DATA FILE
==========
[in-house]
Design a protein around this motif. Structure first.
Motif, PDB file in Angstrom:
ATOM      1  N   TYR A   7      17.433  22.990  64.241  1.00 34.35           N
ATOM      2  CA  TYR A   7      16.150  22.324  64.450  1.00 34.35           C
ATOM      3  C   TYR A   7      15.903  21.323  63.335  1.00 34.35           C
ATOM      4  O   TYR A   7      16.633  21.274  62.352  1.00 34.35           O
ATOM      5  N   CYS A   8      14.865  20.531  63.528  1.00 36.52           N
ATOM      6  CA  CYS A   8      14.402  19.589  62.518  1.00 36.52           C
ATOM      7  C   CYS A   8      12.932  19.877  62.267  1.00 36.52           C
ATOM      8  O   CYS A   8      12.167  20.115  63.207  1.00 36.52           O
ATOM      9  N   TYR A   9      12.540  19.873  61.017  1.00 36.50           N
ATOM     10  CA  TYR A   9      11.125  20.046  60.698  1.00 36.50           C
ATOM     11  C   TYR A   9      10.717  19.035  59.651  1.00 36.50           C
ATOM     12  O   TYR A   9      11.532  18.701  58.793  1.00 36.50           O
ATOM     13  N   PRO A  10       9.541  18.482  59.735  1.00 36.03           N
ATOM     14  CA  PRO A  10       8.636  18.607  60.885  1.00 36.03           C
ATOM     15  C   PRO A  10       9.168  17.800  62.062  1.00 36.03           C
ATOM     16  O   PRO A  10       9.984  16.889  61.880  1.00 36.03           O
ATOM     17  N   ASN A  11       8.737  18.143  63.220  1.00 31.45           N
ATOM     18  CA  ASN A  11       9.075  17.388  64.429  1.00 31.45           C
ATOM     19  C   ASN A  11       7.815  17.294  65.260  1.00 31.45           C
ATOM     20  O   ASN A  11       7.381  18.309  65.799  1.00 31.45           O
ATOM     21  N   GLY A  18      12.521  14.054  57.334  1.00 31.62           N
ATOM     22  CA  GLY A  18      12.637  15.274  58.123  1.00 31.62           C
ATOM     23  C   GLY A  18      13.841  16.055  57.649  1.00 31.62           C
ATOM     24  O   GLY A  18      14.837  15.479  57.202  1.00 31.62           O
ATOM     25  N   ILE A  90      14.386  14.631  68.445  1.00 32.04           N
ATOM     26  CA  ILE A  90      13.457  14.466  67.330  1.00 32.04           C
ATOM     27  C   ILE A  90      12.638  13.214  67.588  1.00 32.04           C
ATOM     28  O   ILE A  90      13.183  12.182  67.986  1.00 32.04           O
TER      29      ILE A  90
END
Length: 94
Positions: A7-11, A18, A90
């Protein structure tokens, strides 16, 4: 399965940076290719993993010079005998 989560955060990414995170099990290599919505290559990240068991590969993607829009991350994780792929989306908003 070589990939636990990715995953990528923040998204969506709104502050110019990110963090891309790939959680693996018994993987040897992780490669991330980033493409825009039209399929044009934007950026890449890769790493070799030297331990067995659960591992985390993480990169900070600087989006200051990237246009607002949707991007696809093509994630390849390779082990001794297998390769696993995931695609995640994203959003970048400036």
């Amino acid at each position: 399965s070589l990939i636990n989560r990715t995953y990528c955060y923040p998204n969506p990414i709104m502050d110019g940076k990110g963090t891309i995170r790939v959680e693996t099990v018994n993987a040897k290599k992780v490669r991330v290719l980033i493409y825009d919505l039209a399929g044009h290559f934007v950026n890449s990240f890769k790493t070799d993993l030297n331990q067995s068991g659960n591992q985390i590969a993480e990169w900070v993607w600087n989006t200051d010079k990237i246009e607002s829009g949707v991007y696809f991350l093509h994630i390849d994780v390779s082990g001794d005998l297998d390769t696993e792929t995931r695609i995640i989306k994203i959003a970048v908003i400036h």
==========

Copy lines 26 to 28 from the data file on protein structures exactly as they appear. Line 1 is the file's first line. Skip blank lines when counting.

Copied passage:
ATOM     23  C   GLY A  18      13.841  16.055  57.649  1.00 31.62           C
ATOM     24  O   GLY A  18      14.837  15.479  57.202  1.00 31.62           O
ATOM     25  N   ILE A  90      14.386  14.631  68.445  1.00 32.04           N